Advanced alternative: Bulgarian Split Squats


Step Ups

Step up exercise example


Such a simple, but such an effective exercise. If you’ve been sleeping on the step-up, you may want to reconsider.

Why’s that you ask? Well, a 2019 study compared glute activation among many of the popular glute-building exercises. And what exercise came out on top? You got it – the step up.

When you think about it, it’s not that surprising. The exercise places the hips in a deep flexed position calling for the maximas to work hard and the high need for stability and balance will call for the medius and minimus for support.  

Advanced alternative: This is advanced!


Reverse Lunge

Reverse lunge exercise example


The reverse lunge – ahh one of our favourites. Unlike the forward lunge which can place a lot of shearing force on the knee, the reverse lunge is much easier on the joints. Again, it’s always a good idea to incorporate unilateral exercises into your training to prevent one side of the body from taking the brunt of the load during bilateral exercises – so the reverse lunge is a great addition to any glute program.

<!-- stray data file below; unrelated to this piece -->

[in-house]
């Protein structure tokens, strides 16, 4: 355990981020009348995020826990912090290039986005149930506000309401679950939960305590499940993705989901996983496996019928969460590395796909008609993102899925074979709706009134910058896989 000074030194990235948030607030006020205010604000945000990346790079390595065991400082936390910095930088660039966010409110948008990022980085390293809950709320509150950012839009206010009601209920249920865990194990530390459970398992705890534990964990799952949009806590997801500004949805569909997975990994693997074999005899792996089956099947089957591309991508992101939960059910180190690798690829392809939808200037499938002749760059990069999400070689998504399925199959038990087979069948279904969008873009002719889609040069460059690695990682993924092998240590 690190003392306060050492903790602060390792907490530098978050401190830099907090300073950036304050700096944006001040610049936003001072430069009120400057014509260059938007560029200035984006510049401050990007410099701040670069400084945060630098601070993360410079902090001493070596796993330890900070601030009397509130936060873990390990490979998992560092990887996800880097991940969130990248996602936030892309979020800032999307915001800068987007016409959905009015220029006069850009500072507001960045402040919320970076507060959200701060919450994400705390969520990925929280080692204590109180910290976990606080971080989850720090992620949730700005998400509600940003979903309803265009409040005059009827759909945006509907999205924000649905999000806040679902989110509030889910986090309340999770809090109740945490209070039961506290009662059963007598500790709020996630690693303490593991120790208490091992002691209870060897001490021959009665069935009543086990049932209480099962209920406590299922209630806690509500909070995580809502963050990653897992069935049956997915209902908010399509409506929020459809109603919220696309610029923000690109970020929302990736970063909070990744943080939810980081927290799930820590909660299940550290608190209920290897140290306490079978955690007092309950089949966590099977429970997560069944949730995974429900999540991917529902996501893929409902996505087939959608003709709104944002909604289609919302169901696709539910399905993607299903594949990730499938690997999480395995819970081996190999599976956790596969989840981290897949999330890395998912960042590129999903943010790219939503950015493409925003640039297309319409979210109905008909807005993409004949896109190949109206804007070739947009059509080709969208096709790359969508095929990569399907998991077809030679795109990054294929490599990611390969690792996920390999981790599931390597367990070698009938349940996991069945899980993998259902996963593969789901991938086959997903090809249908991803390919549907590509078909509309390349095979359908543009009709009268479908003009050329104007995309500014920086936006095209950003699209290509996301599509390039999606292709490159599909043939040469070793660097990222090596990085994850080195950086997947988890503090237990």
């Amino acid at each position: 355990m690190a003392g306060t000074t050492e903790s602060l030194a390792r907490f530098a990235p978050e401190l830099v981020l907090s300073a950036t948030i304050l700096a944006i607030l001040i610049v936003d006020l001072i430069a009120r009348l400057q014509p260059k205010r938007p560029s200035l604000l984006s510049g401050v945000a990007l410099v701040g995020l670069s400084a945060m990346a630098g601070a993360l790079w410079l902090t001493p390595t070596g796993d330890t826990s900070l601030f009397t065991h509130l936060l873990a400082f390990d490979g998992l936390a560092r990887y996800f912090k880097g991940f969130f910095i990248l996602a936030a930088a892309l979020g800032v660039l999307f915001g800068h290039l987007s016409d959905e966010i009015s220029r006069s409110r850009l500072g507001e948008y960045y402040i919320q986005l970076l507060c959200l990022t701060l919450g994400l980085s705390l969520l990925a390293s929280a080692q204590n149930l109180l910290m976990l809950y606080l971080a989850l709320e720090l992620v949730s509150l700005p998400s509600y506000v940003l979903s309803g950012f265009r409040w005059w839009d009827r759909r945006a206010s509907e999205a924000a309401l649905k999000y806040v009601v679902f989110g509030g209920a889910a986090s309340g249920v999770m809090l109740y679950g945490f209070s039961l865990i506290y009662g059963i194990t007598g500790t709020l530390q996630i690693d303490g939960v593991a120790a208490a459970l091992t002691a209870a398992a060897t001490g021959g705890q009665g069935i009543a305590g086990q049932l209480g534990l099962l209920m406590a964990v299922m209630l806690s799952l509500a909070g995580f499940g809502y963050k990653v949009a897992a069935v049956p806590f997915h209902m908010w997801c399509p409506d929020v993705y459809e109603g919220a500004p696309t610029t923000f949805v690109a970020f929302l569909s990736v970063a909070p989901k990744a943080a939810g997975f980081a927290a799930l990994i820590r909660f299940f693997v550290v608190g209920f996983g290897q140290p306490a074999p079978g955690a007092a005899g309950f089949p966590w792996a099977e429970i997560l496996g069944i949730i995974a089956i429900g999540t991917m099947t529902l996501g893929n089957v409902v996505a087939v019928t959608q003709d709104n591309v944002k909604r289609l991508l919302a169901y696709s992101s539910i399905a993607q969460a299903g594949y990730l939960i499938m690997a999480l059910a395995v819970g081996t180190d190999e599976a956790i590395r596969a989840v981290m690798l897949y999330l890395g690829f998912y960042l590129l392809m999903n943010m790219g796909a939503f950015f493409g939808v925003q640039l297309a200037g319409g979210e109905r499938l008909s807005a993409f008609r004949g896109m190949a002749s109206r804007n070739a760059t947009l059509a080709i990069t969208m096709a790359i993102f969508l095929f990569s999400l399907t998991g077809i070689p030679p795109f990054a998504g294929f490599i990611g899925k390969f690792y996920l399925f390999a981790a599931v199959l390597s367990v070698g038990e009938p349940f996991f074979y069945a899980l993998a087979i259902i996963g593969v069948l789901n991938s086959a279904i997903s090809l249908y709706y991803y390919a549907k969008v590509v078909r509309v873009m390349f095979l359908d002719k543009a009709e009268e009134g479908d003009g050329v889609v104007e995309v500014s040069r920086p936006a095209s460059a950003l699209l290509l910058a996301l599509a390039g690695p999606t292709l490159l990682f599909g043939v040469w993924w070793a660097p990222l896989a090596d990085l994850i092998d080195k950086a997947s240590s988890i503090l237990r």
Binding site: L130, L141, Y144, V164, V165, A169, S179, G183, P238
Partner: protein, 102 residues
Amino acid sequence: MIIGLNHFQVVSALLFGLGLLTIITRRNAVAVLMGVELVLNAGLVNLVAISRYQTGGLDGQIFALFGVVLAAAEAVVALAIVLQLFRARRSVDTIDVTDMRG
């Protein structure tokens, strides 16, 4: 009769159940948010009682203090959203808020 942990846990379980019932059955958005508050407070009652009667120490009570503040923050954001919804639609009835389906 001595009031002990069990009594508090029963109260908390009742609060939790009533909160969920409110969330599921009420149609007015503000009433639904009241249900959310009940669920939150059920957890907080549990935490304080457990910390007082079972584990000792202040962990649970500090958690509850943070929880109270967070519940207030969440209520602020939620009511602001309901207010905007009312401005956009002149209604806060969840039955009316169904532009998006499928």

As you descend into the lower portion of the exercise the glutes will be placed in a deep stretched position. This targeted stretch, combined with the need for stability and balance leads to greater glute activation which can help promote muscle hypertrophy.

Bonus tip – add a shallow platform under the front foot to create a larger of range motion and form a deficit reverse lunge.

Advanced alternative: Curtsy Lunge


Kettlebell Swings

Kettlebell swing example